The Dekton Stonika Collection includes the following 6 colors:

Olimpo takes inspiration from the ver y best Carrara

marble for the most discerning customer. Dramatic, elegant veining against a soft white background is accented by its dazzling shine.

Taga , also inspired by Taj Mahal quar tzite, offers a more modern interpretation to align with the latest trends while maintaining the true character of the stone, with gray tones and marble veins to highlight the structure.

Bergen channels the perfection of Por tobello natural

stone. Its intricate, sculptural structure is strengthened by its lustrous finish.

Sogne captures the distinctive, weathered beauty of Gris Pulpis natural stone. With a texture that blends natural stone and aged concrete, it evokes an industrial aesthetic with the juxtaposition of it’s ultra-glossy shine.

Arga embraces the iconic texture and soft warmth of Taj Mahal quarzite. The soft, creamy background with subtle veins intensifies its dramatic structure.

Korso embodies the same texture as Sogne, but with warm, luxurious ear th tones. Gray veins coupled with its intense base makes a stunning statement.

Dekton Stonika Collection will be available for viewing in April 2019 at Cosentino City Singapore. 34/35 Duxton Road, Singapore 089499 T . 6713 9543 | E . csea @

For more information about DektonÂŽ by Cosentino, please visit:


One in a Million Lighting

Text | Million Lighting

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The Lighting Galler y



Michelangelo Buonarroti The Lamentation over the Dead Christ c. 1540 Black chalk, 28.1 x 26.8 cm The British Museum, London Exchanged with Colnaghi, 1896, 1896,0710.1 Š The Trustees of the British Museum

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Text | Aleksandra Lis

Singapore is rapidly becoming a prime destination for Asian and international contemporary art. Much like other metropolitan cities, galleries in Singapore have a strong culture of supporting regional talents, which

gives it a vibrant and exciting art scene. The world knows Singapore as the Little Red Dot but these cultural highlights below prove that the Lion City has plenty to offer when it comes to groundbreaking art.

Singapore Art Scene March - May 2019 Minimalism: Space. Light. Object National Gallery Singapore & Ar tScience Museum 16 Nov, 2018 – 14 Apr, 2019

LFuture World: Where Art Meets Science Ar tScience Museum Permanent Exhibition

The first Minimalism exhibition in Southeast Asia is set across two venues: National Gallery Singapore and Ar tScience Museum. Led by National Gallery Singapore, the exhibition features over 150 works (including works of Frank Stella, Mark Rothko, Ai Weiwei, Anish Kapoor and many others) that explore the history and legacy of this groundbreaking ar t movement, which continues to inspire a wide range of ar t forms and practitioners across the world today.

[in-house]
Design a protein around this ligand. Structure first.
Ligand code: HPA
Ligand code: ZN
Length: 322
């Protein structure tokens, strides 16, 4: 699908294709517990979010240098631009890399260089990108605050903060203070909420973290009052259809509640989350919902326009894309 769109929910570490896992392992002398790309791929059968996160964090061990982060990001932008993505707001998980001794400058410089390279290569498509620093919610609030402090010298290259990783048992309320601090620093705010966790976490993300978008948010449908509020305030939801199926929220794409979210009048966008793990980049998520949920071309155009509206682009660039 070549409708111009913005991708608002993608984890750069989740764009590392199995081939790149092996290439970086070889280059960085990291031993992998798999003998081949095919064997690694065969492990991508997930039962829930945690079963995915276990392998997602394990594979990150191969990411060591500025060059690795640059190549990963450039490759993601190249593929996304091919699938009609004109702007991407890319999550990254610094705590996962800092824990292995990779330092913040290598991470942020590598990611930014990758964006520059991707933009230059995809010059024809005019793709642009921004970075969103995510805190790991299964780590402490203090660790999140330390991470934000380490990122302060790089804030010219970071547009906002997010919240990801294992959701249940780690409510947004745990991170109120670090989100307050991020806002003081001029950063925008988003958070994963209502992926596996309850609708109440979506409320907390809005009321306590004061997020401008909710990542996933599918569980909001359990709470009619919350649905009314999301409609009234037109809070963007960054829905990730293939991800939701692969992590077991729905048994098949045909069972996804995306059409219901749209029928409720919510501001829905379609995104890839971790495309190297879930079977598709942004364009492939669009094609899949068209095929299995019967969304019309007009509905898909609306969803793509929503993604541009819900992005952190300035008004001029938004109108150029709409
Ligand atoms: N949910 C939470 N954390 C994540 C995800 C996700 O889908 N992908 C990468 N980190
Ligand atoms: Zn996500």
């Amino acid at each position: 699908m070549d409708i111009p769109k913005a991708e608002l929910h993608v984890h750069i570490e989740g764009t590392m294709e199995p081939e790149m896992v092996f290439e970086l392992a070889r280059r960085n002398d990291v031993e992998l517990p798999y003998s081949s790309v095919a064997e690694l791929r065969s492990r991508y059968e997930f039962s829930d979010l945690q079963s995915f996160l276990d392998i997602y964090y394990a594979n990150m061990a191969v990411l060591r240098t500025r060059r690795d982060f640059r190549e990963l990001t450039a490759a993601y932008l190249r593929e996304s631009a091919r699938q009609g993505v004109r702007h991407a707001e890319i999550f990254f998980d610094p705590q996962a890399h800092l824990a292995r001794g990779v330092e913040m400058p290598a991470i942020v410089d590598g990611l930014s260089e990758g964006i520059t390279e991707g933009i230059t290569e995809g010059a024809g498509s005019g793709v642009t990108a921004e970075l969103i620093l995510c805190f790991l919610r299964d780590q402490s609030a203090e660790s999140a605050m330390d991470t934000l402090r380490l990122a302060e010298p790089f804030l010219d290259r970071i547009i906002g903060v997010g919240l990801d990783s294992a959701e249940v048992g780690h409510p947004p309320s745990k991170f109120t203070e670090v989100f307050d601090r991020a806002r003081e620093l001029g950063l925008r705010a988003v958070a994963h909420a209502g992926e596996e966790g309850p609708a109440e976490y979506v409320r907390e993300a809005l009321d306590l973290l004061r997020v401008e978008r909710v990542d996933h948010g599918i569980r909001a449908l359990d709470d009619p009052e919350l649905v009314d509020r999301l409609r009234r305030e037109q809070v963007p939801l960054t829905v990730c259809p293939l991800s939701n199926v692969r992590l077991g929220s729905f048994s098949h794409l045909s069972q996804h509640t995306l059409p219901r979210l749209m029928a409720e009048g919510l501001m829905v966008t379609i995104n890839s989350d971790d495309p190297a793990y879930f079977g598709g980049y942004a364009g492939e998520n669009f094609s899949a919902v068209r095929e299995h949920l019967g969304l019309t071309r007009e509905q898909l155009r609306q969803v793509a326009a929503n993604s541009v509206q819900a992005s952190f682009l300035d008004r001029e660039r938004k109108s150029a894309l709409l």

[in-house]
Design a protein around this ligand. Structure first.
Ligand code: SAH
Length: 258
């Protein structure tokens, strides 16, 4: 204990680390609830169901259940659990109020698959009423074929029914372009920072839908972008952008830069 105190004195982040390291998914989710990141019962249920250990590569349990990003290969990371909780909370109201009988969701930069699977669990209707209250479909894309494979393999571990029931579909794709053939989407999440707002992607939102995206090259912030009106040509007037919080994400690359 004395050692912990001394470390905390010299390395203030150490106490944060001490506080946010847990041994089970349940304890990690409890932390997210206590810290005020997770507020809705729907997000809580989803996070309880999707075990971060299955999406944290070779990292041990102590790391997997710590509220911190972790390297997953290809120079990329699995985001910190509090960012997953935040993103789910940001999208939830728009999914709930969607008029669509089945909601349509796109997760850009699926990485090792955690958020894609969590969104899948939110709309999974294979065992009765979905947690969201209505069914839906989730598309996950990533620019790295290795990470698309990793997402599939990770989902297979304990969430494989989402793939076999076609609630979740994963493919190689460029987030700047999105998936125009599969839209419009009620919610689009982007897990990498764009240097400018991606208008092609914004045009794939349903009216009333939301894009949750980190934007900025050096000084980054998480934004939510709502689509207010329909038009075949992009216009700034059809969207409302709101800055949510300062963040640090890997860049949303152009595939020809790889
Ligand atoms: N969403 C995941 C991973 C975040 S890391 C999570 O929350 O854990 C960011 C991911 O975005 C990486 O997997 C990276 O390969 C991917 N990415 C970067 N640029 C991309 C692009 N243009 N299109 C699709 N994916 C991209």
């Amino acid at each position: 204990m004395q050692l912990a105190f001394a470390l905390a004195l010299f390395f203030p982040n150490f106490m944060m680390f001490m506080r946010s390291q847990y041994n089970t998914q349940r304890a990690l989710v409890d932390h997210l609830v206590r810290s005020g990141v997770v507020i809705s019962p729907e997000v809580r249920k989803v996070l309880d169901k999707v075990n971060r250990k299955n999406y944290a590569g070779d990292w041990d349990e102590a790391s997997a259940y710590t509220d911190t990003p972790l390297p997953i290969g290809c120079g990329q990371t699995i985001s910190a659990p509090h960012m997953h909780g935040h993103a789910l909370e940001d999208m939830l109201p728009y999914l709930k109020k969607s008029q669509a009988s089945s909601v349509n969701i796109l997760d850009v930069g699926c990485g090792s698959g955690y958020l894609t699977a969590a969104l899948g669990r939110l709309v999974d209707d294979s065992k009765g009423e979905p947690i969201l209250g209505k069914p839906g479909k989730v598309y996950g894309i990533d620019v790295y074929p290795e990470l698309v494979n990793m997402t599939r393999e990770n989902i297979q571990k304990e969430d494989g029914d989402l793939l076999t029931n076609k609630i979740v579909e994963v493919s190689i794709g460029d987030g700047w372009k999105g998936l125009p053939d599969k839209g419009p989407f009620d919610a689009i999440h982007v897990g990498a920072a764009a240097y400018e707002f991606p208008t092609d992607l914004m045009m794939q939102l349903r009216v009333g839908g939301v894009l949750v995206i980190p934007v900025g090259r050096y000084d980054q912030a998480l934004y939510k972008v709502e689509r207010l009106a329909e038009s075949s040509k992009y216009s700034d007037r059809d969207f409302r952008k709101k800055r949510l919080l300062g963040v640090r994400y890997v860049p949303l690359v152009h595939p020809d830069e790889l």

The Ar tScience Museum at Marina Bay Sands fuses art and science to deliver fascinating stories. This iconic venue houses a permanent exhibition, FUTURE WORLD: Where Art Meets Science which has been curated and created together with world’s leading interdisciplinary ar t collective teamLab. Visitors from all around the world can experience a dynamic 1,500 square-meter digital universe of interactive ar t installations on the themes of nature, town, park and science.

For more information:


Waves of Light by ⒸteamLab

teamLab Miaja Gallery in collaboration with Ikkan Ar t Gallery Permanent Digital Ar t Exhibition A selection of recent digital ar tworks by teamLab is currently on display at the Miaja Galler y in Singapore. This must-see ar t exhibition in collaboration with Ikkan Ar t Galler y includes breathtaking digital ar t pieces

such as ‘Waves of Light’. This ar twork consists of computer- generated waves that are expressed as a continuous body of water, creating a new experience between humans, nature and ar t. 9 Muthuraman Chetty Road, APS Building, Level 2, Singapore 238931 Mon – Sat, 10 am – 7pm Sundays & Public Holidays, by appointment only

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The Waterboys by David Yarrow

It’s Five O’Clock Somewhere Solo Exhibition by David Yarrow Miaja Ar t Collections 15 Mar – 11 Apr, 2019 Miaja Ar t Collections is pleased to present a solo exhibition by David Yarrow: It’s Five O’Clock Somewhere. World renowned as one of the world’s best fine ar t photographers, David Yarrow’s immersive, evocative and pin sharp black and white prints are his signature creations. The exhibition features new images from his trip to Mozambique and his recently completed project with supermodel Cindy Crawford in Montana. Yarrow’s large format monochrome images are on display in many leading galleries and museums across Europe and Nor th America. By the spring of 2017, he had firmly established himself as one of the bestselling fine ar t photographers in the world, with the limited-edition